This dissertation focuses on conceptual design, development and demonstration of a 40 Gigabits per second (Gbps) transmission system for distribution of a digital signal over Ethernet copper cables serving ultra high-speed interconnection in e.g. data centers, local area networks (LAN), consumer multimedia, teleconferencing, telemedicine, and many others. Although the actual implementation may not be feasible at the time of writing this dissertation due to technology limitations and high production costs, we have been trying to address the analysis, modeling and design of sub-systems in a framework leading to a practical implementation of beyond 10G, namely 40Gbps, in a not too distant future with the ever increasing speed of technology advances.
In the commercial market, a new challenge is the extension of fiber into the access network in small business and dense metropolitan areas. It has long been known that a major bottleneck in delivering multimedia services to the computer users is the low-capacity of LANs. With ever-increasing demand for higher capacities, the need for broadband access is transformed from a convenience into a necessity. So far, data communication has been the main driving force behind increased traffic on the communications networks. To keep up with this explosive growth, ultra high-capacity networks were required, and thus optical networks with terabit capacities dominated the network core. To enable the end user to take full advantage of this core, reliable high-speed LAN access is required. Providing service in a broadband access LAN, using a copper cable approach, has the advantages of the network being highly-dependable and cost-effective. This will benefit the providers of service over campus settings like hospitals, industry compounds or universities with facilities spread over several buildings that a quick service upgrade could extend new service offerings. Also, within server farms and data centers, short copper connectors are preferable.
After release of the 10GBASE-T, which supports data rates of 10Gbps up to a distance of 100 meters (for connecting work areas to a telecommunications room), many IEEE members recognized the potential for higher speed and are currently thinking of ways to deliver tens of Giga bits per second over copper cables. Researchers have started to study the technical feasibility, broad market potential, and economic feasibility of speeds beyond 10Gbps over copper. In this dissertation, we evaluate the possibility of 40Gbps data transmission (40GBASE-T) over horizontal balanced CAT-7A cables up to a distance of 50 meters. The objective of IEEE 40GBASE-T is to create an application that is capable of transporting data at a rate of 40Gbps over at least 10 meters of copper cable. Our capacity analysis of this cable shows that 40Gbps transmission is practical up to 50m over this cable at the cost of elaborate digital signal processing and complex coding schemes. Besides, the data center geography statistics show that 80∼90% of links are shorter than 45m. Accordingly, by the aid of upcoming new fast and low power CMOS technologies, we consider designing a system for 40Gbps transmission over 50m CAT-7A cable.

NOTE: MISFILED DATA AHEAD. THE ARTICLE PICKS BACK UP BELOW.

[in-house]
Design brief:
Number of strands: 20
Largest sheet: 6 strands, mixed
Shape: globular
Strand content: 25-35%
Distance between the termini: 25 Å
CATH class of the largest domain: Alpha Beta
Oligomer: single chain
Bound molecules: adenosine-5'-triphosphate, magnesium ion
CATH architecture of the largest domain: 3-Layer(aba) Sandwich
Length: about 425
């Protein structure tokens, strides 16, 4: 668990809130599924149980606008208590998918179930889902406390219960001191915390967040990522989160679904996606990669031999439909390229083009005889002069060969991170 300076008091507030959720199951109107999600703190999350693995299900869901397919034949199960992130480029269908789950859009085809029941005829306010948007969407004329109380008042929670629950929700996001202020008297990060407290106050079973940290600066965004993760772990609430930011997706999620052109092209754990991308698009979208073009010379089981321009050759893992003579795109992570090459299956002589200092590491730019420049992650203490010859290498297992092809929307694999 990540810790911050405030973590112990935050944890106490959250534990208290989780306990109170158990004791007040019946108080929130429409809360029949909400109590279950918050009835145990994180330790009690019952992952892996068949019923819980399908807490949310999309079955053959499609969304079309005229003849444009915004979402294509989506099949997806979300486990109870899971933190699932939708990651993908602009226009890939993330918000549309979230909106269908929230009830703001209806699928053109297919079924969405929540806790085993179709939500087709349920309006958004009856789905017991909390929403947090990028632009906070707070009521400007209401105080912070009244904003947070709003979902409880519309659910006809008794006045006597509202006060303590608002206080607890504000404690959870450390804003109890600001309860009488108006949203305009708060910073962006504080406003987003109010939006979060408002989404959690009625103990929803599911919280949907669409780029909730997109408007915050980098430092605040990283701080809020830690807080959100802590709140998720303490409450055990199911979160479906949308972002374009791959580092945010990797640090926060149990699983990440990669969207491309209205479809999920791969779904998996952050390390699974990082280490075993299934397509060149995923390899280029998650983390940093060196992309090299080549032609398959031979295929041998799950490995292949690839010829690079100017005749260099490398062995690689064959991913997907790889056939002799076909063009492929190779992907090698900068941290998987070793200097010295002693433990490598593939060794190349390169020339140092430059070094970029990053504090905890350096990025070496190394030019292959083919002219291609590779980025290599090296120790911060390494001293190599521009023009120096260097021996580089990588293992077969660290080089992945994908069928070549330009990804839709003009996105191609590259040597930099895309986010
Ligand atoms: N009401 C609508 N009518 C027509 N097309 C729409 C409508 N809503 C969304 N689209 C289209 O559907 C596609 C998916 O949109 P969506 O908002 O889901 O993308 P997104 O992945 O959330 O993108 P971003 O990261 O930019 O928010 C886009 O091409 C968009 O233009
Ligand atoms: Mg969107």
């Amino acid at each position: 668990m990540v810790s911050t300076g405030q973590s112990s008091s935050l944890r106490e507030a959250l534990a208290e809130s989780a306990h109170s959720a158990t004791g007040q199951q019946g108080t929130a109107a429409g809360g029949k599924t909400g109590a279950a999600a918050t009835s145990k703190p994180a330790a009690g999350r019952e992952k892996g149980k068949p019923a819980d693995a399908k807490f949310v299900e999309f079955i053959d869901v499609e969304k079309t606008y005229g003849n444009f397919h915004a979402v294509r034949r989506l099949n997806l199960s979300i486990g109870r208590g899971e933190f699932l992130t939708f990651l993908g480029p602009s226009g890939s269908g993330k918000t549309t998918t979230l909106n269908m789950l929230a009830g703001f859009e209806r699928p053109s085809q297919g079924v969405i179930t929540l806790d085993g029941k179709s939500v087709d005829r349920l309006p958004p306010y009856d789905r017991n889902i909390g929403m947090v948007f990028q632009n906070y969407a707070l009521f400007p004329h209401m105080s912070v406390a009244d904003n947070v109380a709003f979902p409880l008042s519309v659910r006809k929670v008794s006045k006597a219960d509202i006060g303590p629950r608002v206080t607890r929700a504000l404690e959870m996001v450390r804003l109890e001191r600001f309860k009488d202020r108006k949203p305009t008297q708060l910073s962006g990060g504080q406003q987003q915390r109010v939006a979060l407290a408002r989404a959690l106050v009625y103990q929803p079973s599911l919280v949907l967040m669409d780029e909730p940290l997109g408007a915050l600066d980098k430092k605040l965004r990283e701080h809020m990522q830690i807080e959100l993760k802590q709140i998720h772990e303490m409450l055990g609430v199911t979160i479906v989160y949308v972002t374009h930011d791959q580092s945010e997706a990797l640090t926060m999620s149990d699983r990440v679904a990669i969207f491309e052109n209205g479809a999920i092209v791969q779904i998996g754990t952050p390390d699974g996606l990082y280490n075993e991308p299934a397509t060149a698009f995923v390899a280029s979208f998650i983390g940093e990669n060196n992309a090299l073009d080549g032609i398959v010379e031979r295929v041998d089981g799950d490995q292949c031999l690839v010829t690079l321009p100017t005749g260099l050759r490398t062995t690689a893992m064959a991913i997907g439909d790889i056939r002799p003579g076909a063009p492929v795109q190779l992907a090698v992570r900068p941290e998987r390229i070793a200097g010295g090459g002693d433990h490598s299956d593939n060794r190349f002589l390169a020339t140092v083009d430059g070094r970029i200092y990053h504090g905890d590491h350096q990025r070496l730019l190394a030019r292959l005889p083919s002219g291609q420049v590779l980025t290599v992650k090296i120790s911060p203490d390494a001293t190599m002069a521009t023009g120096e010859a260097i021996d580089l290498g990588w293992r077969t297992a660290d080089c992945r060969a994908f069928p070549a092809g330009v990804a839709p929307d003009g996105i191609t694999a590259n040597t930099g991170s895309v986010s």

From a signal processing standpoint, 40Gbps applications on copper have two main disadvantages: (1) Computational complexities are substantially increased. (2) Circuits require significant innovations in analog mixed-signal design, and DSP design. In this dissertation, we discuss methods and algorithms that can contribute to alleviate these problems. The main contribution of this dissertation is in the technical feasibility assessment and system design for a data rate of 40Gbps over copper wire. We start by multi-input multi-output (MIMO) modeling and present formulas for capacity bounds. These bounds are good performance measures for a channel impaired by background noise and crosstalk signals. We also prove, by means of multiple access channel theorem, that single-input single-output (SISO) implementation will perform as well as MIMO implementation and this is due to low far-end crosstalk (FEXT) level in CAT-7 cables. We used the specification of CAT-7A cable, an enhanced version of CAT-7 with a better performance and engineering design, to analyze, model and finally optimize the parameters for the given system requirements. We also consider a more elaborate pulse shaping filter than regular zero-ISI raised-cosine filters. Different equalization and precoding methods are evaluated. Finally multi-dimensional trellis and Low-density parity-check codes are considered as potential candidates for channel coding. We designed a low-power, low-latency LDPC assisted coded modulation which can provide coding gains up to 6dB, sufficient to satisfy the required constraints in terms of system margin and error probability. With some optimization algorithms, we came up with an idea to substantially reduce the power through multichannel data transmission.